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Riding the Wave


You know how when you’ve had a cold or a flu and you haven’t been feeling like yourself for a long time? And then one morning you wake up and you’re better and you remember how refreshing and freeing it is to be healthy again. I’m feeling that way, but on the spiritual and emotional levels. For the first time in weeks, I had the experience of feeling like myself again. And…it was wonderful!


Between Dad’s death and the amount of rain and dark skies we’d had, I just hadn’t been myself. I was more contemplative, confused, sad, depressed and angry. Grief, you caught me off guard, showing up in a way I’d never anticipated.


Dad’s health had been failing for a long time, so his death should not have been such a surprise. And because I was a witness to his decline, I ran through several different scenarios in my head over the years, hoping to prepare myself for the inevitable. But being woken by a call from Mom's phone at two o’clock in the morning and hearing a paramedic’s voice on the other end with the news of his passing was a traumatic experience. And heck, I’ve never lost a parent before. It’s all new.


So I’ve been grieving. Those words invoke visions of women in black veils, weeping, sullen and sad. And while there haven’t been any black veils, I’ve had plenty of weeping and sadness (Along with all the other emotions I’ve already mentioned!). And there’s something else- a heaviness that has to do with accepting the hard truth that I, too, will someday die. The kind of thoughts that, up until now, were reserved for late night consideration, when I was way too tired to steer them away. This feeling, like a big, heavy stone in my gut, caught me off guard. It pierced through my strong spiritual beliefs and had me questioning my existence in a way I hadn’t - even during my experience with breast cancer. The thoughts and feelings had never been this heavy. This real.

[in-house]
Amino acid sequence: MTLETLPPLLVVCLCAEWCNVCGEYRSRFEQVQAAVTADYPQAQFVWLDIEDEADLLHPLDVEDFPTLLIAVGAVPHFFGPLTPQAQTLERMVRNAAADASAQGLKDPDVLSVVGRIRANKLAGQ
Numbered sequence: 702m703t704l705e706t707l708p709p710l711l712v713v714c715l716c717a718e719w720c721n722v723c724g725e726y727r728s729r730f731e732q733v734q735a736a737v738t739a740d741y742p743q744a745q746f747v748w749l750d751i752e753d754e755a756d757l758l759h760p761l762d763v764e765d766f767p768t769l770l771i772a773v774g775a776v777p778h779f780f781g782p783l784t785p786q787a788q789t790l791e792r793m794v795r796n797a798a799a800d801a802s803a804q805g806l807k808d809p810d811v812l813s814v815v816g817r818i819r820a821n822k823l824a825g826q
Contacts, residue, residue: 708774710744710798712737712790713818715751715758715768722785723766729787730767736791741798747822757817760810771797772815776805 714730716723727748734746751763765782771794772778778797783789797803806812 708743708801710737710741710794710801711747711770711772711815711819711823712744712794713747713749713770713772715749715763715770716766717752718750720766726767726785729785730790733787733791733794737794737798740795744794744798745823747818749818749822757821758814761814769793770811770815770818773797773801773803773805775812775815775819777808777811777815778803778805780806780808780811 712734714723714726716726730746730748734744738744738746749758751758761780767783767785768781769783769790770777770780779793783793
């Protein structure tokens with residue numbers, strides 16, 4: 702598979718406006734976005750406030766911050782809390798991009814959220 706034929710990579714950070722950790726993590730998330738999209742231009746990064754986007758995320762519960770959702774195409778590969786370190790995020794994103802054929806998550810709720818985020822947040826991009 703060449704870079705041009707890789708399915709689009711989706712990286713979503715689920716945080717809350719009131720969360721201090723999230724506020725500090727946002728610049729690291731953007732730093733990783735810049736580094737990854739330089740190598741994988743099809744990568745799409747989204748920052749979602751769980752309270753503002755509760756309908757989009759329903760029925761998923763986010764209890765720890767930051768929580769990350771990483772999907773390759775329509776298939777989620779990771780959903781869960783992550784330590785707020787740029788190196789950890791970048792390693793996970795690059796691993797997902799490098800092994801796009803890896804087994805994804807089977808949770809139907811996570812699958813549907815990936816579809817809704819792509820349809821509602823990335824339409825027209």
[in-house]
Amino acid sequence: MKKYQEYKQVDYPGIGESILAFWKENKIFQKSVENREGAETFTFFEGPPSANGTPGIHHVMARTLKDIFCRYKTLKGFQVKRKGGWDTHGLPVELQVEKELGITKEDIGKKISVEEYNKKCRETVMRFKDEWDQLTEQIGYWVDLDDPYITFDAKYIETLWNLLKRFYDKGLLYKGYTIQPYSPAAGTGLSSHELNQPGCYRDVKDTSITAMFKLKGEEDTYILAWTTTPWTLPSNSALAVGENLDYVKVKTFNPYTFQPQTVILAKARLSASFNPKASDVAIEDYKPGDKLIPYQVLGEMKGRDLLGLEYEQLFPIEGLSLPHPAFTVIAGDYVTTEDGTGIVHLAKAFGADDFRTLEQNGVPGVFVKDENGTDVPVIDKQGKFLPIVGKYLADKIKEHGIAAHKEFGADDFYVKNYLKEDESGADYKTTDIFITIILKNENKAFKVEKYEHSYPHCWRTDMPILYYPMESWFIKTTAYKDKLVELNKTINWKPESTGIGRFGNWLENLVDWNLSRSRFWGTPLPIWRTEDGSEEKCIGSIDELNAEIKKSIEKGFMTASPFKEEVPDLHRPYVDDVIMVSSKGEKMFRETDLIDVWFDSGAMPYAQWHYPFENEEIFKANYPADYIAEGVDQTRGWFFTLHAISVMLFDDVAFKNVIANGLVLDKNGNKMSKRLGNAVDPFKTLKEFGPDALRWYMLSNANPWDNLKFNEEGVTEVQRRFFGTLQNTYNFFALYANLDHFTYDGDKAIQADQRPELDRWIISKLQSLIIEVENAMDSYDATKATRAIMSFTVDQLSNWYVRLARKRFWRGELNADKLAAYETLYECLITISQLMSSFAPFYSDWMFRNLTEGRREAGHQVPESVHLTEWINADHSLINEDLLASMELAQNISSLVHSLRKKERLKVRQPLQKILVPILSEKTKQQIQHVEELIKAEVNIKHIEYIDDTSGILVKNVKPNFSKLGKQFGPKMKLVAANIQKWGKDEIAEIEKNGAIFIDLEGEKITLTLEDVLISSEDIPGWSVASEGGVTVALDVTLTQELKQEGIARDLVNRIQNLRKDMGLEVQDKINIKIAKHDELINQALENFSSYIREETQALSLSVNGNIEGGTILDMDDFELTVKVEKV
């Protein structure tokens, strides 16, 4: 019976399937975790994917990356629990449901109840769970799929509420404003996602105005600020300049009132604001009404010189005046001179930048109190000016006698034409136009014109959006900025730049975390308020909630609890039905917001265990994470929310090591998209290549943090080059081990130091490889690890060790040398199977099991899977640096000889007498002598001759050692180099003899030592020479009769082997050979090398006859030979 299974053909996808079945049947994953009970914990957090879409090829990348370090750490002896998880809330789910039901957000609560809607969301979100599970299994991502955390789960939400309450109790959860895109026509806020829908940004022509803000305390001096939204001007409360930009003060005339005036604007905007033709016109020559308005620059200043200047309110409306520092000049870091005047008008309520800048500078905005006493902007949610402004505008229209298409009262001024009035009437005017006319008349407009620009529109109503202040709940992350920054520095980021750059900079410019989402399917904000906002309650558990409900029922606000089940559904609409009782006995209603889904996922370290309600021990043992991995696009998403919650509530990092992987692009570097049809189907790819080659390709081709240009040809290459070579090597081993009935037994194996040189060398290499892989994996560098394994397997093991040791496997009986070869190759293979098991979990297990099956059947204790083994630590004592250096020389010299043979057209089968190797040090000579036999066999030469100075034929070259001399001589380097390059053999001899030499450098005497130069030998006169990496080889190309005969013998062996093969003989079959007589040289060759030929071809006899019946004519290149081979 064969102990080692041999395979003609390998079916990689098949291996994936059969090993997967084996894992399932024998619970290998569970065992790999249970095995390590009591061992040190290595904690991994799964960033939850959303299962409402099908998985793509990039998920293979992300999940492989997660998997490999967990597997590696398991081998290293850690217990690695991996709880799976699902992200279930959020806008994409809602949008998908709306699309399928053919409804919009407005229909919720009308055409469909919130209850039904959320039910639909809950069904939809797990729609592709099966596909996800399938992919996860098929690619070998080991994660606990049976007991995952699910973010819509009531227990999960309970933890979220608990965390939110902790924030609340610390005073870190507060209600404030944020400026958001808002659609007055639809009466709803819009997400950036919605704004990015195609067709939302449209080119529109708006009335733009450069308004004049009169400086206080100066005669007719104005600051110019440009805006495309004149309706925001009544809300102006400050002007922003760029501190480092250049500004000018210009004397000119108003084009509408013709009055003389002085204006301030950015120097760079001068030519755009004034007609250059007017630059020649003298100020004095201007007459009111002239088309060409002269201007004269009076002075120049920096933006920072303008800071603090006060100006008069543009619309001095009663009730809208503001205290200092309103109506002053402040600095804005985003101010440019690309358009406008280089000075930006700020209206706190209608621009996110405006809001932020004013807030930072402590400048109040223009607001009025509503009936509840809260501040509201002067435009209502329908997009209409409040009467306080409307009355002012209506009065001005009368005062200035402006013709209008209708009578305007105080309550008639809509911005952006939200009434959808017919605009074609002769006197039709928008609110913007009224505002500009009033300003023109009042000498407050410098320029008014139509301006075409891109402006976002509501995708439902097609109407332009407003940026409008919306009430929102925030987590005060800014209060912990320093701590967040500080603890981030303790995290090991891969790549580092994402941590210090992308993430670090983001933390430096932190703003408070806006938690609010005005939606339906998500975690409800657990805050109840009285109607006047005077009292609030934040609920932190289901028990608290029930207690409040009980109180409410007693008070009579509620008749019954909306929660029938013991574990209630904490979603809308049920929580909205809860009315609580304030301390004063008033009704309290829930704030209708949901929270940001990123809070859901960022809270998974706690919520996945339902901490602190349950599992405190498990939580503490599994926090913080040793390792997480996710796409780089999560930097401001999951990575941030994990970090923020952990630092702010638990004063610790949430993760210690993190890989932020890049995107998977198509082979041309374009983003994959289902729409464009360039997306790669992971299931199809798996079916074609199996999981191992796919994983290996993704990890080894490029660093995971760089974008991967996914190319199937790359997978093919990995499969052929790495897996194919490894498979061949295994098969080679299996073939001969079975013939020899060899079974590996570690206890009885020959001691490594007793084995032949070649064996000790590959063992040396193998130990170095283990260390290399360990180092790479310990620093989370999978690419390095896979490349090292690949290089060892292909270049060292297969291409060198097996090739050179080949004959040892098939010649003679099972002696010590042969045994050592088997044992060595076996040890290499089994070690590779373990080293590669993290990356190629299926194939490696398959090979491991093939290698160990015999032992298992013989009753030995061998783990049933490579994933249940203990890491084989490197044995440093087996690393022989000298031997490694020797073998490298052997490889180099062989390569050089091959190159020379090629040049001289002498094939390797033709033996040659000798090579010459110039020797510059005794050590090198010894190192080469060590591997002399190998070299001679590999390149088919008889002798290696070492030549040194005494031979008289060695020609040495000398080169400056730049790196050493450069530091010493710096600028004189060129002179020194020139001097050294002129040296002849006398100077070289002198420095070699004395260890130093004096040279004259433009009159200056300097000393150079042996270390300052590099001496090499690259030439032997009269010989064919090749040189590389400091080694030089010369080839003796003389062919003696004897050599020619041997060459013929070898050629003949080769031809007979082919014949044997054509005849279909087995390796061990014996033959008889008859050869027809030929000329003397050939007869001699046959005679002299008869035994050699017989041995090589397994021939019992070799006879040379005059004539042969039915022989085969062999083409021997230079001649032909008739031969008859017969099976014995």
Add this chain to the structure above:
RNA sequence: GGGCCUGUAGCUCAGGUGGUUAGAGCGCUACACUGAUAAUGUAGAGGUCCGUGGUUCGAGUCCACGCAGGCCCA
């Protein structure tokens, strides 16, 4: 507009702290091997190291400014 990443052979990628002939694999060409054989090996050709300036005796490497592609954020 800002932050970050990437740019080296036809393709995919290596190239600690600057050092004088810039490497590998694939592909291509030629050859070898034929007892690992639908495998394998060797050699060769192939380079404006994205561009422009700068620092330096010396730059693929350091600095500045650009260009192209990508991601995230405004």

Suddenly I found myself more aware of my aging skin, all the wrinkles, and the weight my body is holding on to; all signaling a direction towards my own eventual mortality. Grief, you’ve turned my world upside down and inside out. Riding the waves are real, but I hadn’t realized how much you were consuming me…until I woke one morning and found the heaviness had lifted. The waves had carried me to the shore.


Unfortunately, my stay was brief because it wasn’t long before I was back in the waves of grief, having the feels, doing my best to keep my head above water. But here’s the thing: even in those brief moments of relief, I experienced so many gifts.


True, the rain was relentless. But when it cleared, it provided us with remarkable rainbows on several different occasions! I even saw a full rainbow extending from one side of the Valley to the other. One complete, radiant, glowing rainbow, filling the Los Angeles sky. Beautiful.


And then, on a day I was feeling particularly sad, something miraculous happened! My younger son surfaced from his room and led me outside, where he proudly presented a luminescent sky, filled with the colors of a magnificent sunset. My younger son! The one that grunts when I ask him questions, resists showing any emotions, and is all about sports and video games. My heart filled as I inwardly celebrated my gratitude for his awareness of what brings me joy. We stood together in awe of the amazing portrait in the sky that lay before us. What a gift!


So, grief, I’m allowing you your song. I’ll ride your waves and experience you in all your strange manifestations. But I’ll also appreciate those moments when I’ve reached the shore and I can see a glimmer of hope. Those moments will soon turn to hours, days and weeks. And once your song has been sung, there are rainbows and sunsets and all sorts of wonderful gifts and surprises awaiting me. Because the truth is…


Life is good.


In loving, Sarah



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